Avicii performs at the 2014 KROQ Weenie Roast
Photo: Paul R. Giunta/Getty Images
Set List Bonus: Avicii At KROQ Weenie Roast
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By Steve Baltin
In 1993 L.A.-based radio station KROQ-FM debuted its annual Weenie Roast with a lineup that included Stone Temple Pilots, X, The The, the Lemonheads, Gin Blossoms, and Suede. In the 21 ensuing years the festival has hosted everyone from Kiss, Black Sabbath and Metallica to the Cure, Green Day, Jane's Addiction, Blur, and the Red Hot Chili Peppers, while Warren G, Shaquille O'Neal and Pink have made surprise appearances.
In short, the day-long event has continually been a bellwether of the current state of alternative music. And alternative music in 2014 surely intersects with dance/electronic music. This year's bill was headlined by GRAMMY nominee Avicii. While he is the first EDM artist to headline the roast, he is not the first EDM act to play, as the Prodigy, the Crystal Method and Moby — part of the first wave of electronic acts to break through to commercial radio, a full decade before the current EDM explosion — all appeared in the past.
With KROQ staples such as the Black Keys (2013), Coldplay (2012) and Linkin Park (2011) having topped the bill the last few years, the switch to an EDM headliner met with some resistance on social media, with some questioning, "Where is the rock in KROQ?"
But there's no disputing the influence of Avicii. His "Wake Me Up," recorded with Incubus guitarist Mike Einziger, was not only an alt-rock radio smash in 2013, but a dominant force worldwide. And he proved equally dominant headlining the all-day Weenie Roast, which this year also featured acts such as Beck, Capital Cities, Cherub, and Foster The People, among others.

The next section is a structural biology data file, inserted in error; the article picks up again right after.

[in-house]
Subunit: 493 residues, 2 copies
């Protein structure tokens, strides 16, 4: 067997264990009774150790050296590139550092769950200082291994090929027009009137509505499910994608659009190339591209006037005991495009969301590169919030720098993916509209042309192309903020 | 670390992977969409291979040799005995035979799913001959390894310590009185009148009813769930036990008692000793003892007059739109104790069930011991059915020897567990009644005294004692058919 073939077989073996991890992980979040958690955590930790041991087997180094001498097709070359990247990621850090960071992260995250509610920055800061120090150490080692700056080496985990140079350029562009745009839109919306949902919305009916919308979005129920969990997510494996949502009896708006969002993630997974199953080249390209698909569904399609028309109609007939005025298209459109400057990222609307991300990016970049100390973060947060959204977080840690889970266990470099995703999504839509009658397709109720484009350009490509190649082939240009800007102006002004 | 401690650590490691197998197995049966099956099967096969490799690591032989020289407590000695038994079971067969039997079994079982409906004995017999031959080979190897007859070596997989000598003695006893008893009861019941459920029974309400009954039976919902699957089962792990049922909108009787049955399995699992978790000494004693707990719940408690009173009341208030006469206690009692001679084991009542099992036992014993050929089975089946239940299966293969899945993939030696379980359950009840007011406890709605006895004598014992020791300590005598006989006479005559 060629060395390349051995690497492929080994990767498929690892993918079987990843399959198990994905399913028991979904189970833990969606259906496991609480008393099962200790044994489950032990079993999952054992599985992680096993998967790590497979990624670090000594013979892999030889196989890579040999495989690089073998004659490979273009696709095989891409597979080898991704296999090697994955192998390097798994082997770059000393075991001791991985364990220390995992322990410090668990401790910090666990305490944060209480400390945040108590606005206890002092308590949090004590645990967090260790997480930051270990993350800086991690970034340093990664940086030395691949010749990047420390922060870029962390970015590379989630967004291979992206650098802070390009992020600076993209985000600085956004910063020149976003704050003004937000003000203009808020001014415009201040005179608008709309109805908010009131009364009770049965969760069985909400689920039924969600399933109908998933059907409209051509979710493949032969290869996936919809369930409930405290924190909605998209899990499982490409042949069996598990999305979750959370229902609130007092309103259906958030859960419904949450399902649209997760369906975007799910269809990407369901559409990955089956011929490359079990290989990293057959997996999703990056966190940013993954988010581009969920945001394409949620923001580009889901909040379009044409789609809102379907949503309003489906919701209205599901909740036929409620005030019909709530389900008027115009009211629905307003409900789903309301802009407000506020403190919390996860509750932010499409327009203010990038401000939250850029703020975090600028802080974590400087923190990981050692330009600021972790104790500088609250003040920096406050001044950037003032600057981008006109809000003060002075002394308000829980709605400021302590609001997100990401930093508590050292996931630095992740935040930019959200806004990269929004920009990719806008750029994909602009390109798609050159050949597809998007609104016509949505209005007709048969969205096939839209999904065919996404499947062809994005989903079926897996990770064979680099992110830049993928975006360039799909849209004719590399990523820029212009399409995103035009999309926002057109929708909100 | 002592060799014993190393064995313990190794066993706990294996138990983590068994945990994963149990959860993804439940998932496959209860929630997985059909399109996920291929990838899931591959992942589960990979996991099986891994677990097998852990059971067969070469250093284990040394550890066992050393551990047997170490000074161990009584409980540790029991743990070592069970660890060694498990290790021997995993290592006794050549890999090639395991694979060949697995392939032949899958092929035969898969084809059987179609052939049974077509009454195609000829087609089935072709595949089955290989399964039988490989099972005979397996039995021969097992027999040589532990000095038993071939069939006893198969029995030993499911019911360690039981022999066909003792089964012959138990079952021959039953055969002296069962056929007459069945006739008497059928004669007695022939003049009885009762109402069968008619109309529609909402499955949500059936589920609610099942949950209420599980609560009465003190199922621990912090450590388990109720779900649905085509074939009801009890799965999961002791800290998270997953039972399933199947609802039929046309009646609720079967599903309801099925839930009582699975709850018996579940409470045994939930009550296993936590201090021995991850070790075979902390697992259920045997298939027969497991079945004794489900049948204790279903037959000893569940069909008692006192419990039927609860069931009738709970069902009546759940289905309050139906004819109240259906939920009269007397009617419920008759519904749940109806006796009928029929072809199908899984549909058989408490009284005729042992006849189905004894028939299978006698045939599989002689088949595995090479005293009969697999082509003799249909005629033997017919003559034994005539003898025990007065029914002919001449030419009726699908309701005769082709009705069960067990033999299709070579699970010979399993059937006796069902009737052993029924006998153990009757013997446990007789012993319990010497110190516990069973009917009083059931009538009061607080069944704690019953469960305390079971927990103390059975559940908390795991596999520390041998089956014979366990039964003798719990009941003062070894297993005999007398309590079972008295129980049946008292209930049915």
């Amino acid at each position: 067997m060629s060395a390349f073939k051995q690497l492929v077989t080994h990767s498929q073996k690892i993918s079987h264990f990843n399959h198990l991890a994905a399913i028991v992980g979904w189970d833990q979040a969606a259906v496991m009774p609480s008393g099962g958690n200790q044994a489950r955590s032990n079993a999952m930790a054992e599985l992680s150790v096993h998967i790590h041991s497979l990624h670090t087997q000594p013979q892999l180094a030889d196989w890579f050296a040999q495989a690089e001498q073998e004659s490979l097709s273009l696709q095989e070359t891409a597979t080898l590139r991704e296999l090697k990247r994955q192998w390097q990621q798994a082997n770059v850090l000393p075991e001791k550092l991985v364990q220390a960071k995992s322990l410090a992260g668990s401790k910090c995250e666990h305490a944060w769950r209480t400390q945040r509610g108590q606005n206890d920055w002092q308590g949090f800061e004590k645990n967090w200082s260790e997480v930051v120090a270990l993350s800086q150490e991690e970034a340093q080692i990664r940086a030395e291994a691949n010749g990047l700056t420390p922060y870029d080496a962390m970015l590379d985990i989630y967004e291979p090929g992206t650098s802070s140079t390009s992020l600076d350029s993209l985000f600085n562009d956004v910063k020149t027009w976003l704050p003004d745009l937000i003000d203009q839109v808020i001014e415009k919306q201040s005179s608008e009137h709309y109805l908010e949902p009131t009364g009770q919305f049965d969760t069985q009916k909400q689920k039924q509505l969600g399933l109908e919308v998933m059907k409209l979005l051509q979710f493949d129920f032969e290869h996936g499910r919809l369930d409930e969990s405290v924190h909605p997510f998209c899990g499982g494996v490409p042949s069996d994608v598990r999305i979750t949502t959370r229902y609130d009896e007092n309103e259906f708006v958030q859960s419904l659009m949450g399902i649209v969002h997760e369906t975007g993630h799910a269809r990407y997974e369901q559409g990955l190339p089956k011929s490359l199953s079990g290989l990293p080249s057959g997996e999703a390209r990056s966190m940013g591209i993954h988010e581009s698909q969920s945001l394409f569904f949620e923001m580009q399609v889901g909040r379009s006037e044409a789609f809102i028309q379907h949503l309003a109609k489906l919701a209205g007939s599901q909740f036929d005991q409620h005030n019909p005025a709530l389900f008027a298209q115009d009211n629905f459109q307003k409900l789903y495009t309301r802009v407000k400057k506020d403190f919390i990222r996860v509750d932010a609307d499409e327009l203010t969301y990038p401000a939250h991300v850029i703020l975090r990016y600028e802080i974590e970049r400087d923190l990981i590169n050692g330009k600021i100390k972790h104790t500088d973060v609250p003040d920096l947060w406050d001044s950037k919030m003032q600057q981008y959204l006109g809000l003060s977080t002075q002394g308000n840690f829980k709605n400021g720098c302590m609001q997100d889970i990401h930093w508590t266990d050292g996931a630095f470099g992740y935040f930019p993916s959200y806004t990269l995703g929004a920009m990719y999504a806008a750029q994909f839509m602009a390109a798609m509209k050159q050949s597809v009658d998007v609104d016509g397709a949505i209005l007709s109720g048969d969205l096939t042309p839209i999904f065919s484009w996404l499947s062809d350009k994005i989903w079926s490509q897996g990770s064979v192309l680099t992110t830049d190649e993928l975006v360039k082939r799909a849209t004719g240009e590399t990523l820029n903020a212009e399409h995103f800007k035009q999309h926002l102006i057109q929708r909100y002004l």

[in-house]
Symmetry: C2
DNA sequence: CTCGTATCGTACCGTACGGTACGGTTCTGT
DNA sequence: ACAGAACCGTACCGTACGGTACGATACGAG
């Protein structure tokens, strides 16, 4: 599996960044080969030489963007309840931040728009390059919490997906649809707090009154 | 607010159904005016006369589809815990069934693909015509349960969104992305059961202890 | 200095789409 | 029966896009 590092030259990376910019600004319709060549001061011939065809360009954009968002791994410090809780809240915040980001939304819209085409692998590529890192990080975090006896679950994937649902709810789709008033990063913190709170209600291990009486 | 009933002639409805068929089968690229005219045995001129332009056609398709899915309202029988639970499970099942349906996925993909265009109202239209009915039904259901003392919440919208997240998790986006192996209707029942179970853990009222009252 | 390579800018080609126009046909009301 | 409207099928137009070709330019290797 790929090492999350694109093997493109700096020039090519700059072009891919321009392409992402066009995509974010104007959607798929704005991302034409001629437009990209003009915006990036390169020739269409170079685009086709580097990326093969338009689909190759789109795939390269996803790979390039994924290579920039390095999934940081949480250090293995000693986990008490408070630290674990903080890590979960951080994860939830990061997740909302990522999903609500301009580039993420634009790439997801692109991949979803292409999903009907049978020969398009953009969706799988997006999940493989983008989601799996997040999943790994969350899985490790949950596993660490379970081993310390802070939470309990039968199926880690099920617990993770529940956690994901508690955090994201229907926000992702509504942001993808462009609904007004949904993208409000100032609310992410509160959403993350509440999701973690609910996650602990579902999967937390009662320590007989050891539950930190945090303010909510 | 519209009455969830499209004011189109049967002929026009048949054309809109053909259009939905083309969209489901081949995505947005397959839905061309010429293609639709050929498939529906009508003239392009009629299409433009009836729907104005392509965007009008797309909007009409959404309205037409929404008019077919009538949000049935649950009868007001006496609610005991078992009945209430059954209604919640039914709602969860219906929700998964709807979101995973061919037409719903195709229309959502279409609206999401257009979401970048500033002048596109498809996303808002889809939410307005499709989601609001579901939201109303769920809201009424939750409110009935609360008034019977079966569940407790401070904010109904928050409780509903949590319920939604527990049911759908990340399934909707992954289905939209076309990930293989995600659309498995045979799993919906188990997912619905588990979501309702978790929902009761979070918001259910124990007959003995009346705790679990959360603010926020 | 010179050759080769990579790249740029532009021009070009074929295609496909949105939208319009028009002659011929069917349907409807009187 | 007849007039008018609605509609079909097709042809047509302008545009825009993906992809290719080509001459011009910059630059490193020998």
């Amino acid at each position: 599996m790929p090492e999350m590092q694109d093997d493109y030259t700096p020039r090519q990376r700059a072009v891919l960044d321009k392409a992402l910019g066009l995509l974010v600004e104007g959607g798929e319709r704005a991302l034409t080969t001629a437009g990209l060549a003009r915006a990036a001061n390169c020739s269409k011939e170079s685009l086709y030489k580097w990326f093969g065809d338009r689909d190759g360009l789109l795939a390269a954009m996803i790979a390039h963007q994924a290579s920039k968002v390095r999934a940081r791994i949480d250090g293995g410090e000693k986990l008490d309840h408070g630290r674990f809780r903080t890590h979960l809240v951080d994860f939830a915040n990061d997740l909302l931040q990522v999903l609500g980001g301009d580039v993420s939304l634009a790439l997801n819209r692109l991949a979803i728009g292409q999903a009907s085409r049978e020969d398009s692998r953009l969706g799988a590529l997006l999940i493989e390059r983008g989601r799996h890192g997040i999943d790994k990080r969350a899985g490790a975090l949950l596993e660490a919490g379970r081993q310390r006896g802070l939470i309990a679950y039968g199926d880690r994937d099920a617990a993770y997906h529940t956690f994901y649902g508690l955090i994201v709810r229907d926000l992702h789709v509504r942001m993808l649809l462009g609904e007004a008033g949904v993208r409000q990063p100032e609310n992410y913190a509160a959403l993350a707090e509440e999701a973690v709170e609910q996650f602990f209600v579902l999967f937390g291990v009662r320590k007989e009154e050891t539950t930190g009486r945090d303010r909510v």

Opening with the hit, "Hey Brother," the Swedish DJ smartly bookended his set with more commercial selections, ending with the one-two punch of "Wake Me Up" and his recent collaboration with Coldplay, "A Sky Full Of Stars," which he co-produced.
In between, Avicii pushed the envelope, peppering in some techno-heavy beats, including a wicked remix of the Who's "Baba O'Riley." Despite the possibility this wouldn't be a DJ-savvy audience, he delivered a very traditional DJ set, including some monster rises and drops in the individual tracks that got the crowd going and a very production-heavy visual set, complete with lasers, lights and a giant video screen that broadcast videos in the background.
As it turned out, the naysayers were more vocal on social media than at the show, with the more than 15,000 in attendance dancing throughout the hour-long set, glow sticks proudly lighting up the night sky.
If the big question of the day was how would the crowd — after sitting through a day of more alternative artists, even those with dance beats such as Capital Cities and Fitz And The Tantrums — respond to an EDM artist closing out the show, the answer turned out to be quite nicely, thank you.
(Steve Baltin has written about music for Rolling Stone, Los Angeles Times, MOJO, Chicago Tribune, AOL, LA Weekly, Philadelphia Weekly, The Hollywood Reporter, and dozens more publications.)